It is important to clearly define whether the space is considered an underground or limited access structure. Each of these have their own, and overlapping, fire protection and life safety requirements. Both structure types must meet all of the following requirements:

  • Fire sprinkler system is required (with some exceptions, noted in 101:
    • Sprinklers may be omitted if the following applies:
      • Occupant load is 50 or fewer for new structures, 100 or less for existing
      • If the structure is permitted to have a single exit (per occupancy use), and the common path of travel does not exceed 50 feet.
  • Emergency lighting is required, throughout

In addition to these requirements, structures that expressly meet the definition of underground structure must comply with these additional requirements.

  • Automatic smoke venting systems (required, if following applies):
    • Occupant load is greater than 100 persons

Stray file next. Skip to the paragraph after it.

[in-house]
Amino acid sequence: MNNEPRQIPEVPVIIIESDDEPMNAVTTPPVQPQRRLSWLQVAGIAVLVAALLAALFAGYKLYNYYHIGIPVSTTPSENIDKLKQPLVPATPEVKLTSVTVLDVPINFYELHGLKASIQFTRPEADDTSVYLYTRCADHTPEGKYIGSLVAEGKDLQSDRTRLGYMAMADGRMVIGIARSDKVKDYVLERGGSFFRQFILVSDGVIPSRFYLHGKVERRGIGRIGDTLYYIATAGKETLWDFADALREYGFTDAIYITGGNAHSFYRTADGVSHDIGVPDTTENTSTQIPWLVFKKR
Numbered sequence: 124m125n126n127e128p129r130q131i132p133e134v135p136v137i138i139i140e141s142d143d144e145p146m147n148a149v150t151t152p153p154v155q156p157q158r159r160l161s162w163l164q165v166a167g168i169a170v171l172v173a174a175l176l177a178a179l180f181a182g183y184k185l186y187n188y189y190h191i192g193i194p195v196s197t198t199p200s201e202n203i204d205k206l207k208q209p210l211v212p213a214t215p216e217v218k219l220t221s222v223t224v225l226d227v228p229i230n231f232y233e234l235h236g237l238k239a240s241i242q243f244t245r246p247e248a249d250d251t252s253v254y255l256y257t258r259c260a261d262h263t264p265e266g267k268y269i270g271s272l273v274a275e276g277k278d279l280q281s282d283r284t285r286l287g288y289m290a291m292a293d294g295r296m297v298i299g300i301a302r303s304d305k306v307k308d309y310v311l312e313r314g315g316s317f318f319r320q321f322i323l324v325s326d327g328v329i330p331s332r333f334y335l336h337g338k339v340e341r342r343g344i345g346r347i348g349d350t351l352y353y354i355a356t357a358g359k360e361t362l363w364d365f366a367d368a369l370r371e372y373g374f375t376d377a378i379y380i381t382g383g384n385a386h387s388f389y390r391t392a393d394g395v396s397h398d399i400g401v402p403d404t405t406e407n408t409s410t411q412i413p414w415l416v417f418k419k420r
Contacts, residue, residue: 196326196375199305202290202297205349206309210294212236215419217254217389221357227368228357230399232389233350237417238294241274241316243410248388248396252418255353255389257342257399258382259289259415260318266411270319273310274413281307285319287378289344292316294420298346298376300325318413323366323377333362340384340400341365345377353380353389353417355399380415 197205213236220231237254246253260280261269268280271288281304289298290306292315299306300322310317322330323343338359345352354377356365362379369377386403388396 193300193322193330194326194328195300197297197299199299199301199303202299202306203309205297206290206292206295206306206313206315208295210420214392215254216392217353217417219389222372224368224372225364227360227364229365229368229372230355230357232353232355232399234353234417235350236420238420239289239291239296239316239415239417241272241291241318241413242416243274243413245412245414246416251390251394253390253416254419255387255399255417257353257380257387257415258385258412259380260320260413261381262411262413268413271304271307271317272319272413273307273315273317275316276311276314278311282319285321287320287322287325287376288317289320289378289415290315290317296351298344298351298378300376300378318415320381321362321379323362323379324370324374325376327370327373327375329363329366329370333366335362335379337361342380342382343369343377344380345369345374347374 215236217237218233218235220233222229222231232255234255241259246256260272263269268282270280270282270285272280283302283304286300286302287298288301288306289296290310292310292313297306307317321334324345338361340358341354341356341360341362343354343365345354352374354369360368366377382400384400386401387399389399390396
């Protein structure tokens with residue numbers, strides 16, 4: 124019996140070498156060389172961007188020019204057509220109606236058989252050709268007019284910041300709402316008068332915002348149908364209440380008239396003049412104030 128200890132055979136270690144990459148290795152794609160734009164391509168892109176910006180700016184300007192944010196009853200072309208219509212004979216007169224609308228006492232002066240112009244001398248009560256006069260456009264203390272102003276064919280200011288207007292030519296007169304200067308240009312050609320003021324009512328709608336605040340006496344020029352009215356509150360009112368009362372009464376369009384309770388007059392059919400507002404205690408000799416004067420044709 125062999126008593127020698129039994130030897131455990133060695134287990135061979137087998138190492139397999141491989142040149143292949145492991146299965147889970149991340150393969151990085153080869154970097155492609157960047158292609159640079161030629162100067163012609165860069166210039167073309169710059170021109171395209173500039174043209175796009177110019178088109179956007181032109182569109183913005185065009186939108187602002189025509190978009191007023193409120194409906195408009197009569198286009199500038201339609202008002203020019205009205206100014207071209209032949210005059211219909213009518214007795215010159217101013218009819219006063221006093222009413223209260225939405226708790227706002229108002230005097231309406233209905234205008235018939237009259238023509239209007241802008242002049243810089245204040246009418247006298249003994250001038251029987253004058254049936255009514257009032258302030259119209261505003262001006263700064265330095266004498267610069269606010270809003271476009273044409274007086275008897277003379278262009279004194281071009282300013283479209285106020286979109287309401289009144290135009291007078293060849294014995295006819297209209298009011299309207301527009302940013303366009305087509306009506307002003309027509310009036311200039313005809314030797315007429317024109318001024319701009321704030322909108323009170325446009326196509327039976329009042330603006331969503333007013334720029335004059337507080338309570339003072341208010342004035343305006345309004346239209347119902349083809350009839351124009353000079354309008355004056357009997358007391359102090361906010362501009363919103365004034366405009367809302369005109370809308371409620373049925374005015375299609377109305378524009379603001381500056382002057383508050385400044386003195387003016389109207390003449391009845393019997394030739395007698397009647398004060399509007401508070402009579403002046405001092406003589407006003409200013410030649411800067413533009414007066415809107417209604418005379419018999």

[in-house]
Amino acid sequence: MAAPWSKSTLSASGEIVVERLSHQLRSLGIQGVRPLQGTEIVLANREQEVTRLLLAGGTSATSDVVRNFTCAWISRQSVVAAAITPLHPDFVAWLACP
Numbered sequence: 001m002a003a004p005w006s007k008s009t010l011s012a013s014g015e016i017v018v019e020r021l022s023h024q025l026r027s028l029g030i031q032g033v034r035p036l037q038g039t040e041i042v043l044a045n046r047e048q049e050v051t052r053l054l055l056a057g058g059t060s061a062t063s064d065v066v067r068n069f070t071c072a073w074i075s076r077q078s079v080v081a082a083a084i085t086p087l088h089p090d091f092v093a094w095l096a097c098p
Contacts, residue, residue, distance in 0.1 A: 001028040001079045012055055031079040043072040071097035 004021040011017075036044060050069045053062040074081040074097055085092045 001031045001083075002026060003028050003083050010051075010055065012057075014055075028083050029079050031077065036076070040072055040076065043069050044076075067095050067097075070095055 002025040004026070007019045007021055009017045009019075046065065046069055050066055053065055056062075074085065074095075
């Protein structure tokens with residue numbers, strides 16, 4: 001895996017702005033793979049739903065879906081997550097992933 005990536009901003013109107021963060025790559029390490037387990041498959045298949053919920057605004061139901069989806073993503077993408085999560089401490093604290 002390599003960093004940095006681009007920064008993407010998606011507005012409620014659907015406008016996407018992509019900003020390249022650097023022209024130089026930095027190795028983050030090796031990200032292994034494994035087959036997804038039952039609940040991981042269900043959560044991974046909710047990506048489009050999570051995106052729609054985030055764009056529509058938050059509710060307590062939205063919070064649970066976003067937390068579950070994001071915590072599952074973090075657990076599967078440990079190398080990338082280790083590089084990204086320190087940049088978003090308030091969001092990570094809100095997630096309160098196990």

• Occupiable floors are greater than 30 feet below exit discharge
    • Space contains combustible contents, interior finishes, or construction
  • Exit stair enclosures are required to have code compliant signage that points to the direction of exit discharge

This is only an encapsulation of the fire protection requirements as outlined in the Life Safety Code. There are many other factors to be considered for safe underground dwelling. Aside from the building code, loads, and material requirements, there are very real emergency response issues. These challenges include ventilation, communication, orientation, access and egress, and patient removal.  In areas of occupied subterranean environments departments should be aware of their existence and have robust plans for the maintenance and enforcement of codes and standards, and emergency response.